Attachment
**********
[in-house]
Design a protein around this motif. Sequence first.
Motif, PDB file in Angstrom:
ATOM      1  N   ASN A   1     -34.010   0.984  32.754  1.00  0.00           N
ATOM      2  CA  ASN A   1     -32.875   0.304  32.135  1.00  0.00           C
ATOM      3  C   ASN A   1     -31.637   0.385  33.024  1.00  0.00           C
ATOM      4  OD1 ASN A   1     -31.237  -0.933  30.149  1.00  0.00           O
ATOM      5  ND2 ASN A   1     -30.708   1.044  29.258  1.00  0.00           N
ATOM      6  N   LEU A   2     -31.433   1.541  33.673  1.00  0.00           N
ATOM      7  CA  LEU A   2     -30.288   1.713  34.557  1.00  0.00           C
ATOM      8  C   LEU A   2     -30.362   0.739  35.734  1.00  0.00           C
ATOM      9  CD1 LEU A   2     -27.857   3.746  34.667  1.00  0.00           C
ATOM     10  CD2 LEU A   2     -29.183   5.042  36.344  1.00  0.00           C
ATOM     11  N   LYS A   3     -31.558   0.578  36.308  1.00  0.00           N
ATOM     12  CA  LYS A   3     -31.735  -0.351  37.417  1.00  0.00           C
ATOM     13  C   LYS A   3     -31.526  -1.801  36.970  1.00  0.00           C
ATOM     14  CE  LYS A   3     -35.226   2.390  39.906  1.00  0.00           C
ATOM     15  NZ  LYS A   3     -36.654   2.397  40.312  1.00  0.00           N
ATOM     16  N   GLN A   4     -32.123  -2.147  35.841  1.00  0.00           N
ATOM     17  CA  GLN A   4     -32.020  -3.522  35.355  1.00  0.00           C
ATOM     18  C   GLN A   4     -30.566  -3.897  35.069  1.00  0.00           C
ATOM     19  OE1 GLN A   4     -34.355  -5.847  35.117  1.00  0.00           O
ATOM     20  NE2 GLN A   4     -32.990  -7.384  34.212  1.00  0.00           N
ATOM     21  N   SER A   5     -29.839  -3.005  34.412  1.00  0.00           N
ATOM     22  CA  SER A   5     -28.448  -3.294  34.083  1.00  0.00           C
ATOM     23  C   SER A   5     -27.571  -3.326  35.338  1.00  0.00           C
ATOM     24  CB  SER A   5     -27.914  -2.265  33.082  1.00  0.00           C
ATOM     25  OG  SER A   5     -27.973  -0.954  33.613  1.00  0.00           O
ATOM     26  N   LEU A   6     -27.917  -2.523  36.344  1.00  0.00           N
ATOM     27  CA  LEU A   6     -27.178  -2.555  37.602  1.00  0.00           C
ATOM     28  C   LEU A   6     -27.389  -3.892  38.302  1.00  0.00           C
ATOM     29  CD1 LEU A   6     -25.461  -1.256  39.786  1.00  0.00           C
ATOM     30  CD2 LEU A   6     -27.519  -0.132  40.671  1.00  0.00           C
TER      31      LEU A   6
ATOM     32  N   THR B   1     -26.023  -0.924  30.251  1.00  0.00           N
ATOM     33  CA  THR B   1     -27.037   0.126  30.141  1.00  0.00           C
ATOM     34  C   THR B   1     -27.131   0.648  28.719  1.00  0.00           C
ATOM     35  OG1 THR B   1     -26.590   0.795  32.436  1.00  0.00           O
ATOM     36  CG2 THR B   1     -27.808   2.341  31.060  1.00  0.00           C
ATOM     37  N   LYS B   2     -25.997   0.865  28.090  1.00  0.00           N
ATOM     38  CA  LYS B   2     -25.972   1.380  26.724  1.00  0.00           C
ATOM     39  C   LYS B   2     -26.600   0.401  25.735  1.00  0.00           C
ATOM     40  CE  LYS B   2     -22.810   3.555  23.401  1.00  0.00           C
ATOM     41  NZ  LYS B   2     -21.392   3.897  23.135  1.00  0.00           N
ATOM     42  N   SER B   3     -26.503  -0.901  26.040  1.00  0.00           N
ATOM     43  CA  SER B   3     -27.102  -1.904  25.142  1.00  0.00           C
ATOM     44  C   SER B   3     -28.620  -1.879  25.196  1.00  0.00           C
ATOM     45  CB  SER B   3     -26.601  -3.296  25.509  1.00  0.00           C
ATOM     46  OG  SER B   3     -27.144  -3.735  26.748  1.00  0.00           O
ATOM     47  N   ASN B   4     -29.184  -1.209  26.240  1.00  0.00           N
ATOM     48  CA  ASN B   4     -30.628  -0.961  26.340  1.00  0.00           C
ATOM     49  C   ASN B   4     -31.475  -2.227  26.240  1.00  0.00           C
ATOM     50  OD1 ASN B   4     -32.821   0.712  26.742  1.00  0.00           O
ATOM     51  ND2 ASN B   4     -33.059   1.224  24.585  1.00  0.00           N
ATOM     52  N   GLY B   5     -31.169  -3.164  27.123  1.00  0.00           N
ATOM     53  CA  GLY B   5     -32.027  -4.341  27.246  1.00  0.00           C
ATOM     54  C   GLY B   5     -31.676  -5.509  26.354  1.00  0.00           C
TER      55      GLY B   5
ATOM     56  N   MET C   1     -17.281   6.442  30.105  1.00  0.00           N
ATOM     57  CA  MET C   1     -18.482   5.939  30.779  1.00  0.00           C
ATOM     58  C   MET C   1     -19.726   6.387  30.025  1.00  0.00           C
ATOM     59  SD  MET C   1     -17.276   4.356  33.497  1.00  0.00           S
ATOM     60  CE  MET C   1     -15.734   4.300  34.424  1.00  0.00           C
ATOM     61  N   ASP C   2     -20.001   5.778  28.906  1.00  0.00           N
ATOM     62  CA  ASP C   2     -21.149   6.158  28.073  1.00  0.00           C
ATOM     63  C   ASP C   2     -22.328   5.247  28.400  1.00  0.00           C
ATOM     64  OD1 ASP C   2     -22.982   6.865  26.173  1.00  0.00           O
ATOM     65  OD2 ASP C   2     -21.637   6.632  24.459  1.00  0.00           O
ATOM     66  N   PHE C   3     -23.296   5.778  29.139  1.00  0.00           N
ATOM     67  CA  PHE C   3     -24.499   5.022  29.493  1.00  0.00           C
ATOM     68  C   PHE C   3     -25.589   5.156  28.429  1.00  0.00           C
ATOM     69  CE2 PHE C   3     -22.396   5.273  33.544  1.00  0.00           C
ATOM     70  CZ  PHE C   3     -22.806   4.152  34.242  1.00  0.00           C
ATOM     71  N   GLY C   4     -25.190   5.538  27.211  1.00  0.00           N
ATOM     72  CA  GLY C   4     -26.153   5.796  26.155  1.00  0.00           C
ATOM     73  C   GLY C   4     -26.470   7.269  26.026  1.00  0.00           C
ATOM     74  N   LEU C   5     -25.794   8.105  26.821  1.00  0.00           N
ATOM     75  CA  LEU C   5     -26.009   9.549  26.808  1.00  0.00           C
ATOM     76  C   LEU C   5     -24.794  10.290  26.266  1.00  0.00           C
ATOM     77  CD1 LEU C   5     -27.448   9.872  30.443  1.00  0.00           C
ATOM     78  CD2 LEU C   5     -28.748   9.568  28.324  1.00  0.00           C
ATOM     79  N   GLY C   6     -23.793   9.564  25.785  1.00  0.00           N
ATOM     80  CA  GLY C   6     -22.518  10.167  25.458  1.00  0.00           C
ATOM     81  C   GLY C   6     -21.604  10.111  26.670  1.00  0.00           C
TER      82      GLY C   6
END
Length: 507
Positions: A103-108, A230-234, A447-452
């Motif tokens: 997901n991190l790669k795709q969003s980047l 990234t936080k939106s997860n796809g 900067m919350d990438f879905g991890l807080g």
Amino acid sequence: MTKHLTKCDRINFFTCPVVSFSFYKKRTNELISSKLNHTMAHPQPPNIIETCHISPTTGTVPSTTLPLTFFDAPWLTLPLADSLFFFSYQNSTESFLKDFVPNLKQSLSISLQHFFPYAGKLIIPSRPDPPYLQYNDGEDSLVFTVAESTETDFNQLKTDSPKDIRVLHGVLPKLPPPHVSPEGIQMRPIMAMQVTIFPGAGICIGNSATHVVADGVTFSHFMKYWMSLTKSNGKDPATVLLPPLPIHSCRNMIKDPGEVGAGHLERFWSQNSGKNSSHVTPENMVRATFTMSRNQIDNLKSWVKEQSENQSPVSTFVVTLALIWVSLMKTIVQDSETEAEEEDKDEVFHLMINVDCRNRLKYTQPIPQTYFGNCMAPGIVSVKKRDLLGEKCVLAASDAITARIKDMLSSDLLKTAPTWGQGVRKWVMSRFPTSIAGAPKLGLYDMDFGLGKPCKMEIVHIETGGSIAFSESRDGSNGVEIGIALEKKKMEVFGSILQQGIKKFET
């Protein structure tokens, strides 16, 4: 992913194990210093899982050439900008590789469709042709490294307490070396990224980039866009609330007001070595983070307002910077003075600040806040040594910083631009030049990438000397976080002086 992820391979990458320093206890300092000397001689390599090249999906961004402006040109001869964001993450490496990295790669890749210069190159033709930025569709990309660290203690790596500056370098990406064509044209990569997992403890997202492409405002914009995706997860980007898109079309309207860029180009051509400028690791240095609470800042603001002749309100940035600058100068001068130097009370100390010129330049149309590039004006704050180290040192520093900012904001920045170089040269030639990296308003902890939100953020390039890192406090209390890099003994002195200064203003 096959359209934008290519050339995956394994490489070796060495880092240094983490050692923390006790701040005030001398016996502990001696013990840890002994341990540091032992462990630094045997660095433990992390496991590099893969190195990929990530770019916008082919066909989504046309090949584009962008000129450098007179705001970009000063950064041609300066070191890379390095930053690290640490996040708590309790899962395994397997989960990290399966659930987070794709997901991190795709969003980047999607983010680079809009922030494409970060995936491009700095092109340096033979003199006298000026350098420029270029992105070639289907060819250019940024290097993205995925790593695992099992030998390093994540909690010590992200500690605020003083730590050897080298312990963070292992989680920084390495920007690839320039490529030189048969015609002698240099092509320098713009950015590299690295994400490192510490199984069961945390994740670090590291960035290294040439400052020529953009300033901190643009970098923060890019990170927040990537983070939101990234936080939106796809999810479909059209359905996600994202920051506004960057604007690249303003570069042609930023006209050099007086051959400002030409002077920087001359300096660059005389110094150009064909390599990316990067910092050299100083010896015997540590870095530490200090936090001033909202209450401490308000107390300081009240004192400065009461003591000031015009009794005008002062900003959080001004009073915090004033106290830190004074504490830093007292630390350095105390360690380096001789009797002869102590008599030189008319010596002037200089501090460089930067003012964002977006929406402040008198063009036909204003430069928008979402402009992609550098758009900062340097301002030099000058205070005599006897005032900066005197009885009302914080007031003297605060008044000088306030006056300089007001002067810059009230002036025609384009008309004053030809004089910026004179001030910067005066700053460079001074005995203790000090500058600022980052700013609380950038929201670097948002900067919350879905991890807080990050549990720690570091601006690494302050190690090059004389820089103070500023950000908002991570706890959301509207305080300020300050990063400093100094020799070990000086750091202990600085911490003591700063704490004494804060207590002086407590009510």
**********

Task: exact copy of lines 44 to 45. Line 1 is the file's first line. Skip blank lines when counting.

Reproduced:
ATOM     41  NZ  LYS B   2     -21.392   3.897  23.135  1.00  0.00           N
ATOM     42  N   SER B   3     -26.503  -0.901  26.040  1.00  0.00           N